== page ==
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Youth Throwers Respond to Stretching (Safethrow)

The recruitment status of this study is unknown because the information has not been verified recently.
Verified February 2010 by Metzger, Charles, M.D..
Recruitment status was  Active, not recruiting
Sponsor:
Information provided by:
Metzger, Charles, M.D.
ClinicalTrials.gov Identifier:
NCT01065181
First received: February 6, 2010
Last updated: February 8, 2010
Last verified: February 2010
  Purpose

The purpose of this study is to document the rates of youth baseball player demographics, incidence of arm pain, usage of different pitch types, and degree of internal rotation contracture in the throwing versus the non-throwing shoulder. We followed a subgroup of players for a year to see if a particular stretch would help reduce the internal rotation contracture.


Condition
Shoulder Posterior Capsular Contracture

Study Type: Observational
Study Design: Observational Model: Cohort
Time Perspective: Cross-Sectional
Official Title: Shoulder Posterior Capsular Contracture in Youth Baseball Players: It Can be Improved by Stretching

Further study details as provided by Metzger, Charles, M.D.:

Primary Outcome Measures:
  • Degree of decrease in internal rotation contracture of the shoulder [ Time Frame: One year ] [ Designated as safety issue: No ]

Enrollment: 1261
Study Start Date: January 2008
Estimated Study Completion Date: December 2010
Estimated Primary Completion Date: December 2010 (Final data collection date for primary outcome measure)
Detailed Description:

Introduction: Overhead throwing can cause contracture of the shoulder posterior-inferior glenohumeral ligament which can lead to injuries such as superior labral tears. We show that instruction on stretching can favorably alter progression of posterior contractures.

Methods: 1261 male baseball players ages 7-15 completed a questionnaire and shoulder examinations. Measurements of rotation of both shoulders were made with the subjects in the supine position with the scapula stabilized. Glenohumeral internal rotation deficit (GIRD) was calculated. Pitch type and player position, among other variables, were recorded. The prospective cohort was 175 players who were examined twice a year apart. Players with excessive GIRD (exGIRD) were given stretching instruction, and the control group was those without exGIRD who were not given instruction. Change in GIRD as a result of this intervention was documented.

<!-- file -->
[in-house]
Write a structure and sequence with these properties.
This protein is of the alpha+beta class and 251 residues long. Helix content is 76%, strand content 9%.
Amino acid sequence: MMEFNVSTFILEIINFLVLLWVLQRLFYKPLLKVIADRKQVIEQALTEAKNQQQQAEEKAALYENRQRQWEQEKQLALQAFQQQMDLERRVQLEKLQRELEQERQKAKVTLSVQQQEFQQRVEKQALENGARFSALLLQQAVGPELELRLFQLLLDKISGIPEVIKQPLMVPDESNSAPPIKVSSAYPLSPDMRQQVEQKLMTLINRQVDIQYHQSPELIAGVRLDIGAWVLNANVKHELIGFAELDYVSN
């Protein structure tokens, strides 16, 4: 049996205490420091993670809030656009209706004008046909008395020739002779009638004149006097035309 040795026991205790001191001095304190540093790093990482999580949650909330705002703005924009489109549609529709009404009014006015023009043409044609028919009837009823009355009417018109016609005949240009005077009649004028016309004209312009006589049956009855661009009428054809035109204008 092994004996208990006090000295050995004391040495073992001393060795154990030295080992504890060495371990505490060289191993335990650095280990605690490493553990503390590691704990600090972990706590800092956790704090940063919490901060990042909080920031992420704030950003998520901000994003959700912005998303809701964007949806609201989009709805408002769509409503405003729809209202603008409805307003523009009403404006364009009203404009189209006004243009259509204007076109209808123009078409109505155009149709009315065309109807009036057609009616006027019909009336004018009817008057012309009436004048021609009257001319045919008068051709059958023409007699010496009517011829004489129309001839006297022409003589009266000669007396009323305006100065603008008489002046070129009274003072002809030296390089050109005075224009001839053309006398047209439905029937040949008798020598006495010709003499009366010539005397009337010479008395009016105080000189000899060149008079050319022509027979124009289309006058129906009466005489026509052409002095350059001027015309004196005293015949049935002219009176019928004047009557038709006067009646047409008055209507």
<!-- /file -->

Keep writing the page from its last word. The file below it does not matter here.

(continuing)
Eligibility

Ages Eligible for Study:   8 Years to 15 Years
Genders Eligible for Study:   Male
Accepts Healthy Volunteers:   Yes
Sampling Method:   Non-Probability Sample
Study Population

1261 male baseball players ages 8 to 15

Criteria

Inclusion Criteria:

  • male
  • baseball player
  • ages 8 to 15

Exclusion Criteria:

  • female (suspected hormonal/gender influences on capsular elasticity)
  • prior throwing arm surgery
  Contacts and Locations
Choosing to participate in a study is an important personal decision. Talk with your doctor and family members or friends about deciding to join a study. To learn more about this study, you or your doctor may contact the study research staff using the Contacts provided below. For general information, see Learn About Clinical Studies.

Please refer to this study by its ClinicalTrials.gov identifier: NCT01065181

Locations
United States, Texas
Greater Houston Orthopedic Specialists
Bellaire, Texas, United States, 77401
Sponsors and Collaborators
Metzger, Charles, M.D.
Investigators
Principal Investigator: Charles L Metzger, MD Memorial Hermann Health System
  More Information

Publications:

Responsible Party: Charles Metzger, M.D., The University of Texas Health Science Center at Houston
ClinicalTrials.gov Identifier: NCT01065181     History of Changes
Other Study ID Numbers: Safethrow01
Study First Received: February 6, 2010
Last Updated: February 8, 2010
Health Authority: United States: Institutional Review Board

Keywords provided by Metzger, Charles, M.D.:
shoulder
posterior inferior glenohumeral ligament
posterior capsule
capsular contracture
baseball
throwing injury

Additional relevant MeSH terms:
Contracture
Joint Diseases
Muscular Diseases
Musculoskeletal Diseases

ClinicalTrials.gov processed this record on November 20, 2014